Ear Infection Causes & Symptoms
What is an ear infection?
An ear infection can occur in the outer, middle or inner ear and is usually caused by a viral or bacterial infection. Outer ear infections, sometimes called swimmer’s ear or otitis externa, affect the external ear canal between the ear lobe and the ear drum. A common type of ear infection occurs in the middle ear (otitis media), which is located directly behind the eardrum. An infection of the inner ear affects the hearing (cochlea) and balance organ (vestibulum).
Middle ear infections cause inflammation, fluid, and pain in the ear. Acute ear infections are often painful, short in duration and, once treated, usually resolve with no damage to the ear. Chronic ear infections are also painful, but symptoms may be long term or recurring, and can cause permanent damage to the ear if not treated correctly.
What causes ear infections?
Outer ear infection (otitis externa) often results from exposure to moisture. It is common in children, teens, and adults who spent a lot of time swimming in pools or the sea. It can also occur if the thin layer of skin in the external ear canal is injured. Intense scratching or using cotton swabs in the ear can damage this delicate skin.
Middle ear infection (otitis media) are caused when the passage between the middle ear and nose (Eustachian tube), is blocked and unable to keep bacteria from entering the middle ear space. Middle ear infections are usually a secondary illness caused by other conditions such as upper respiratory tract infections (URTI), sinus infections, enlarged or infected adenoids and excessive mucus (runny nose).
Inner ear infection can be caused by a variety of factors. It is most commonly caused due to viral infection such as from influenza or common cold virus or due to bacterial infection. Inner ear infection can also result as a complication of bacterial meningitis or acute otitis media.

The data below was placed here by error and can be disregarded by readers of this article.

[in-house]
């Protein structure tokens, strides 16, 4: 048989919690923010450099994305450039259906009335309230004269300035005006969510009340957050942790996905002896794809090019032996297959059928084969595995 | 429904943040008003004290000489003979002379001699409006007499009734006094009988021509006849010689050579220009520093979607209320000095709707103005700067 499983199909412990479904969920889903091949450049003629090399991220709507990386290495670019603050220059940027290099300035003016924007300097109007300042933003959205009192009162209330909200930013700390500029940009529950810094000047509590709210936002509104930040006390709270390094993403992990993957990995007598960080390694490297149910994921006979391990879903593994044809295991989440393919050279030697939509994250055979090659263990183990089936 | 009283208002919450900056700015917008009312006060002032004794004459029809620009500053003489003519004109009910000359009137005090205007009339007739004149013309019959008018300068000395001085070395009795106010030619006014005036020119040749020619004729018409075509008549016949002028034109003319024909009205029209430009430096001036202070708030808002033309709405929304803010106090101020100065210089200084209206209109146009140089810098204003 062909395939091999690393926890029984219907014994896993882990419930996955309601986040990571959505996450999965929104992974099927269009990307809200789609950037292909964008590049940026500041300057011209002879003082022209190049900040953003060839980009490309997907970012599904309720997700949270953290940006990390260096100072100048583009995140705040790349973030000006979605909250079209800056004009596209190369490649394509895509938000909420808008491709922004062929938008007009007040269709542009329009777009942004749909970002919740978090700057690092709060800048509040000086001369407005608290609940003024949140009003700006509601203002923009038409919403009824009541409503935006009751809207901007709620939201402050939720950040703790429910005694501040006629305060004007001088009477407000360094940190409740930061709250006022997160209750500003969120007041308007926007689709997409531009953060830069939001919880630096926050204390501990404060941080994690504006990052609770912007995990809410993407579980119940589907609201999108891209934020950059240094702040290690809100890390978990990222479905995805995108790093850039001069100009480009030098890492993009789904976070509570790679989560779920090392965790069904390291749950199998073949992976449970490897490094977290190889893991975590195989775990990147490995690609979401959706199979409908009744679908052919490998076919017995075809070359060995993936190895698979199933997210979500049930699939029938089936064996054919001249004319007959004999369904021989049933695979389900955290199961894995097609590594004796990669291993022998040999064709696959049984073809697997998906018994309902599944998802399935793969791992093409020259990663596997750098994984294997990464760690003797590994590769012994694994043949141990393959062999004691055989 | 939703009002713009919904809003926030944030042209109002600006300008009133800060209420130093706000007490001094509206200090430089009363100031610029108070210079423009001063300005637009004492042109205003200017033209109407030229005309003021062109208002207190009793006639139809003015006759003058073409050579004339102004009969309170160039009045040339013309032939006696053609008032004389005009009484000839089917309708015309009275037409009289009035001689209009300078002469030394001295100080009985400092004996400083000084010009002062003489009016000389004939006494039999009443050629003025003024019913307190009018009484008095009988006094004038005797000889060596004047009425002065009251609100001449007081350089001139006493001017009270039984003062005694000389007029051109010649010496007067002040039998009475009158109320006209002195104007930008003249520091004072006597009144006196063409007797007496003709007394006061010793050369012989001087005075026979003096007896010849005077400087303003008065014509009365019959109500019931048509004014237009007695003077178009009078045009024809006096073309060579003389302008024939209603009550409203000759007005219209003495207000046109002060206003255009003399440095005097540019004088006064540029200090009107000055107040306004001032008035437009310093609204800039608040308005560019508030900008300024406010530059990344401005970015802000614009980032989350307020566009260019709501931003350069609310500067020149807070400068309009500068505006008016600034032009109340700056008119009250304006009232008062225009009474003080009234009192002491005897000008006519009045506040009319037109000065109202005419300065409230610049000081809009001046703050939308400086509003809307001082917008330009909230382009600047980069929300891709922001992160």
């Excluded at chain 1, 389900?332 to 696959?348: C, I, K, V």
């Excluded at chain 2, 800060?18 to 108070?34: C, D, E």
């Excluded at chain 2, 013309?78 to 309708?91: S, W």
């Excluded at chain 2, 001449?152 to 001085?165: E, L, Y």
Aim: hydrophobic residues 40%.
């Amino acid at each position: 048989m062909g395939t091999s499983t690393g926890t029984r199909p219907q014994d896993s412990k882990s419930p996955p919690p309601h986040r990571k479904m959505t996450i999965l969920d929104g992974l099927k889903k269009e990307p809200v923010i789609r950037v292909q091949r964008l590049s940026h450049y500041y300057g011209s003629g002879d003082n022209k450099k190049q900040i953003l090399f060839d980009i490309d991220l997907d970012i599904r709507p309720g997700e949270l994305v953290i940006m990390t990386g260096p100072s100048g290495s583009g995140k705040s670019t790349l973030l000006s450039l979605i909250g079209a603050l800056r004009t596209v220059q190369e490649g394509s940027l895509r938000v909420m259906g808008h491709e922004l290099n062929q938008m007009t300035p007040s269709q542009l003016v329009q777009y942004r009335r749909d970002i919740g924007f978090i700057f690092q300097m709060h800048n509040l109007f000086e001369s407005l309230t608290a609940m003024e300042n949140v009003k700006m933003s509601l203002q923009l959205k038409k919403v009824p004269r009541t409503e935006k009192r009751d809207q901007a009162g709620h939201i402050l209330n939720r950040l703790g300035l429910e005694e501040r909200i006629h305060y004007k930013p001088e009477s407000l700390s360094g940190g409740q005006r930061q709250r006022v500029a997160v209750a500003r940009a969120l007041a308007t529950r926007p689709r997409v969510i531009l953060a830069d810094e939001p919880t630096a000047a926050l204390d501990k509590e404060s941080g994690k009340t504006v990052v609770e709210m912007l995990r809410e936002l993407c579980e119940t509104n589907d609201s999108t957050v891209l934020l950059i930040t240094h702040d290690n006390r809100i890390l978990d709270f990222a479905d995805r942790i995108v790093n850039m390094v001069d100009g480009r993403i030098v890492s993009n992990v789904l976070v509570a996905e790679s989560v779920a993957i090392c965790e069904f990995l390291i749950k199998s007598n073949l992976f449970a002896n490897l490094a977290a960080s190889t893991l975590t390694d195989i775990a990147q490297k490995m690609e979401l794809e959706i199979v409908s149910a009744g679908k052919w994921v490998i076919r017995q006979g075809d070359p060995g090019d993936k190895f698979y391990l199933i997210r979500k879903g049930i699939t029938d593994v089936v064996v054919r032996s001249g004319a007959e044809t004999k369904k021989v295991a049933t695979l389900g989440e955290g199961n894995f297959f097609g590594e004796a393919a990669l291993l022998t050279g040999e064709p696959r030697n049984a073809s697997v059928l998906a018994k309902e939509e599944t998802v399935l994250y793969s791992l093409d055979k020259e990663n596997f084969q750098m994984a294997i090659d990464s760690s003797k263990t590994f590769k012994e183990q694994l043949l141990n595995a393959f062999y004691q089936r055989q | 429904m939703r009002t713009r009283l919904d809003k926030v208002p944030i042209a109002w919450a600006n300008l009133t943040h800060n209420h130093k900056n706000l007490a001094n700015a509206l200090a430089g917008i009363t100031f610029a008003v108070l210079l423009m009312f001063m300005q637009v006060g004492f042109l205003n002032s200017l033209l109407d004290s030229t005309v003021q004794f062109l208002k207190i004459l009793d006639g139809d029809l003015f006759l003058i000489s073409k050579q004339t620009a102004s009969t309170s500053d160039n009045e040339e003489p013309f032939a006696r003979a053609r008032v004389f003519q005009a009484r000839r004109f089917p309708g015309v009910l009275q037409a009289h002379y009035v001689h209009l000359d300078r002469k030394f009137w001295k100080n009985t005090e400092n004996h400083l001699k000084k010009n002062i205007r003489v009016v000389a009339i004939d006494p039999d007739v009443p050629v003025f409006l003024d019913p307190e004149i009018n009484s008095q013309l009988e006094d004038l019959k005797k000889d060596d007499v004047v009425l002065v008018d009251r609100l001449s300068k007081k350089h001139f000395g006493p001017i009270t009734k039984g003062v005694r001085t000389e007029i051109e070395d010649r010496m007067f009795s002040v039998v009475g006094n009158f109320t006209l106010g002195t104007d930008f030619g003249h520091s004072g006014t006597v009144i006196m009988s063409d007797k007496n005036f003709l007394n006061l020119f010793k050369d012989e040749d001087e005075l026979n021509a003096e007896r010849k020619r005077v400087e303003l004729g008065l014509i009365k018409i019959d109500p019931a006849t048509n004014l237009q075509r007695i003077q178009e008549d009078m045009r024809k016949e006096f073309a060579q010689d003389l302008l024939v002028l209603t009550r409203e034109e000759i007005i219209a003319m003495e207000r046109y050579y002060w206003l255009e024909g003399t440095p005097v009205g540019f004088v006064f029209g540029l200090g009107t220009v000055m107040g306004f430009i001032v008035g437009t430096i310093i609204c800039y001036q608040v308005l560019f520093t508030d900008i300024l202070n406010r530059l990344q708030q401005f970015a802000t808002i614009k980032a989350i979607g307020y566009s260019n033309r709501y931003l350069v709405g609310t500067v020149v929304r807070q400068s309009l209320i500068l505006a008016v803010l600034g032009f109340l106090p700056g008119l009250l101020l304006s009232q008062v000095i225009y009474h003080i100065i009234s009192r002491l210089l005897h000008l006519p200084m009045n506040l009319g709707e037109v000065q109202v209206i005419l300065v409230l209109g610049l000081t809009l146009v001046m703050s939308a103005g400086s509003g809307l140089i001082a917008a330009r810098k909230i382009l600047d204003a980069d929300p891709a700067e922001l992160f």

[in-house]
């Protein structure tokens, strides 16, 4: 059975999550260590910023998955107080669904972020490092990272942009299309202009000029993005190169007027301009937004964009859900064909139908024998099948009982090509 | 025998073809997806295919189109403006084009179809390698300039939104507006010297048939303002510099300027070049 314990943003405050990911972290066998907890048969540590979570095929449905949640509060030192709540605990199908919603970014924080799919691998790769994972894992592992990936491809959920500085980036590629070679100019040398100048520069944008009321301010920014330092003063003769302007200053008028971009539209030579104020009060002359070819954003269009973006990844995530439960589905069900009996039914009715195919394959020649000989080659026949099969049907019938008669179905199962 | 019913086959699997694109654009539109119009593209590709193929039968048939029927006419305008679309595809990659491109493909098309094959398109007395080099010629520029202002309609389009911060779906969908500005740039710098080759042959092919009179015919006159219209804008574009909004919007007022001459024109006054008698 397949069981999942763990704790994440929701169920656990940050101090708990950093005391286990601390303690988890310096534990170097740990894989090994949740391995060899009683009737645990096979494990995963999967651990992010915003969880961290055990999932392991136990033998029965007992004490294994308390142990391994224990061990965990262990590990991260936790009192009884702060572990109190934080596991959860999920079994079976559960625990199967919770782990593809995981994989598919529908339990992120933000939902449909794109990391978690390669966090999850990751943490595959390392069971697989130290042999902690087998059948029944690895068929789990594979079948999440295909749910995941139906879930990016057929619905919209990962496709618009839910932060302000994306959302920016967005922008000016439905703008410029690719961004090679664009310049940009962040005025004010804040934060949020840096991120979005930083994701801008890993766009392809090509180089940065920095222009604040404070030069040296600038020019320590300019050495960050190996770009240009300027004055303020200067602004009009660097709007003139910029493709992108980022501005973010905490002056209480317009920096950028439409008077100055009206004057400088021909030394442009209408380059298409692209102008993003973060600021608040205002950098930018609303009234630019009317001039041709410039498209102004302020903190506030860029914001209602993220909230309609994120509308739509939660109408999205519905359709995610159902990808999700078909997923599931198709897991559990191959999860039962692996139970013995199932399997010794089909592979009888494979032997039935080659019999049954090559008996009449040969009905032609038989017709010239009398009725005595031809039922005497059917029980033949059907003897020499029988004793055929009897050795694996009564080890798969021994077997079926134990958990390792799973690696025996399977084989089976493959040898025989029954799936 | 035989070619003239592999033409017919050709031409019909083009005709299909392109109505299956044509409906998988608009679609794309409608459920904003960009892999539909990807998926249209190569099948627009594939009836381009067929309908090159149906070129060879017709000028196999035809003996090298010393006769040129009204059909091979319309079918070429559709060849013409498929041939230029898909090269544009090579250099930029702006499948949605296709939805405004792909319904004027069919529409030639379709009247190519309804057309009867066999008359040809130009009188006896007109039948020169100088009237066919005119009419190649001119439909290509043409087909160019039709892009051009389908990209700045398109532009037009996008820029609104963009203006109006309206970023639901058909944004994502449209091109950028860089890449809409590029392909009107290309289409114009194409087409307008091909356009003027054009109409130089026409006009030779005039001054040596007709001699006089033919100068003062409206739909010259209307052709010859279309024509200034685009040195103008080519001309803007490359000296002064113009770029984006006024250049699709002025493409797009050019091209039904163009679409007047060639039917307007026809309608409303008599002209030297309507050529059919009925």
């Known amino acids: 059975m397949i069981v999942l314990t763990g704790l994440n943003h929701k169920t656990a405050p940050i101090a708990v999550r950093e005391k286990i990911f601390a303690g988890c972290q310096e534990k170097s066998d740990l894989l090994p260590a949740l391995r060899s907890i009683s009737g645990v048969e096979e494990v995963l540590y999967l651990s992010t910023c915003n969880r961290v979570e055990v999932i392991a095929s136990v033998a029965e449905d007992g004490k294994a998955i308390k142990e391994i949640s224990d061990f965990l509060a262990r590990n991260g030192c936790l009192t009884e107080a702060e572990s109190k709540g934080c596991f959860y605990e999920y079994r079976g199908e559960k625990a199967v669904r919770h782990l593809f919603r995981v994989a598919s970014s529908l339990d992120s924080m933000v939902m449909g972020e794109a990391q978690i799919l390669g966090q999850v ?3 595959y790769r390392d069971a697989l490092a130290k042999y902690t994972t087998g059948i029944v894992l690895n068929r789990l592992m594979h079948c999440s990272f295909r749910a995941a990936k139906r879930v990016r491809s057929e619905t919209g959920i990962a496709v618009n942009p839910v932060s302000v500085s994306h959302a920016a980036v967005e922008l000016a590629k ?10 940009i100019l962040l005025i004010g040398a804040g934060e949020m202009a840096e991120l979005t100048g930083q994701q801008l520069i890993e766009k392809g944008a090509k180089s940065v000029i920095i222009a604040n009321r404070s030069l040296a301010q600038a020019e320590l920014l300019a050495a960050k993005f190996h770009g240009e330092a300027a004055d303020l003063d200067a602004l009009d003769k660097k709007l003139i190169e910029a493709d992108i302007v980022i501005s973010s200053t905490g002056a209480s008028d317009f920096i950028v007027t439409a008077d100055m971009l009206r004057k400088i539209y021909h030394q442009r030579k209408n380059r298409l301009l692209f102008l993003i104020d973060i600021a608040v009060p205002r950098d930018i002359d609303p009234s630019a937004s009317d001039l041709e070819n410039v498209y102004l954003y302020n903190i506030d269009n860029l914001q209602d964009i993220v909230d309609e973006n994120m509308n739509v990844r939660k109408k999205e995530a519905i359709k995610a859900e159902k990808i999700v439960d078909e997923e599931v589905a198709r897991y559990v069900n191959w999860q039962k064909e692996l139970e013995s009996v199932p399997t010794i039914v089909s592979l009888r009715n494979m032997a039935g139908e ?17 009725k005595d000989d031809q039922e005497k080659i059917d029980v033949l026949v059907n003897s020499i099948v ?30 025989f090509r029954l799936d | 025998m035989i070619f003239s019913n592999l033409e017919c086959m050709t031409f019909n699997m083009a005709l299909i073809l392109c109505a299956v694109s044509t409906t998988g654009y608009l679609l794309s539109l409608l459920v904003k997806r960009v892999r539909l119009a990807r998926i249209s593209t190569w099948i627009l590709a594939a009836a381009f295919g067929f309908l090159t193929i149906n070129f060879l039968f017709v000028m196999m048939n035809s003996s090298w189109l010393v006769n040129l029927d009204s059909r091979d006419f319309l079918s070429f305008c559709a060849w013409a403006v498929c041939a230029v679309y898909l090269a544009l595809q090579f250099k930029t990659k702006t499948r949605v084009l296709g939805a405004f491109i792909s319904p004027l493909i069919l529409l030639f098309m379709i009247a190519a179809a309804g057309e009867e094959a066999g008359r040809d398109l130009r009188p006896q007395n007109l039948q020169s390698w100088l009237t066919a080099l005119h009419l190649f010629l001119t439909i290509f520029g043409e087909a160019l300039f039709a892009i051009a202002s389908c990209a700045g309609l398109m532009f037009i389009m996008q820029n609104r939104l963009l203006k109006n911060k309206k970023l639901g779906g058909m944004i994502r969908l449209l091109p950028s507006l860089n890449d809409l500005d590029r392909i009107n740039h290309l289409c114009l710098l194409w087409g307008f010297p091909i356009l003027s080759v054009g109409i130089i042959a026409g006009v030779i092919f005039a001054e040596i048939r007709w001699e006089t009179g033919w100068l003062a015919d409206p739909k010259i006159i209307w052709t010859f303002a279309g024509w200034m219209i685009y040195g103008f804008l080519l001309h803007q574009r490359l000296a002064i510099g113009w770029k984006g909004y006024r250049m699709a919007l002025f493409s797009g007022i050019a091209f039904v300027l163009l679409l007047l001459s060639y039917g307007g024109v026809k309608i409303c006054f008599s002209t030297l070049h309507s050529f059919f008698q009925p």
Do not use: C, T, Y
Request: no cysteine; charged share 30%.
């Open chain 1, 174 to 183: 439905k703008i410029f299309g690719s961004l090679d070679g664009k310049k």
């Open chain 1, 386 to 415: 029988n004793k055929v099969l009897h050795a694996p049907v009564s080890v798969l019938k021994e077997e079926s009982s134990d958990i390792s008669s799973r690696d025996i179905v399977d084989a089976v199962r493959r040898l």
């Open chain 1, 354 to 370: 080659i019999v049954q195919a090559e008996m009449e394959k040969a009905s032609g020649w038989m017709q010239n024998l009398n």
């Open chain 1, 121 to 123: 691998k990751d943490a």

What are symptoms of an ear infection?
Symptoms of outer, middle and inner ear infection almost always include ear pain, otorrhea (fluid draining from external ear canal), loss of hearing, dizziness and vertigo.
What are the risk factors for an ear infection?
There are some conditions that make a child or an adult more prone to getting an ear infection. Some risk factors include recent illness, especially upper respiratory tract or sinus infections, frequent exposure to pool and sea water, smoking or second-hand smoke, use of pacifiers and age (young children have less sharply angled eustachian tubes). Also, a stressful life can be a contributing factor for an inner ear infection.
When should I see a doctor for an ear infection?
Consult an ear, nose and throat expert with ENT in Cayman Ltd. as soon as possible if following symptoms of an ear infection persist for longer than 24 hours: bloody discharge from the ear, severe ear pain, a child is suffering from irritation or restlessness following a cold or a child has symptoms listed above and is under 6 months of age.
How does an ENT doctor diagnose an ear infection?
Doctors at ENT in Cayman Ltd. can often detect redness, puss, drainage, or other abnormalities in the middle ear that point to an ear infection by using a microscope. To determine the severity of the condition, your doctor may also conduct cotton swab and hearing tests or X-ray exams.
How is an ear infection treated?
Treatment for all sort of ear infection from ENT in Cayman Ltd. can range from conservative measures at home to prescription drugs or surgery, depending on the severity of the infection. Treatment options for ear infections include cleaning the outer ear by rinsing with warm water, installation of topical antibiotics (ear drops), oral antibiotics and the prescription of decongestants.
If you are suffering from repeated ear infections, you may want to schedule an evaluation with an experienced ear, nose and throat doctor.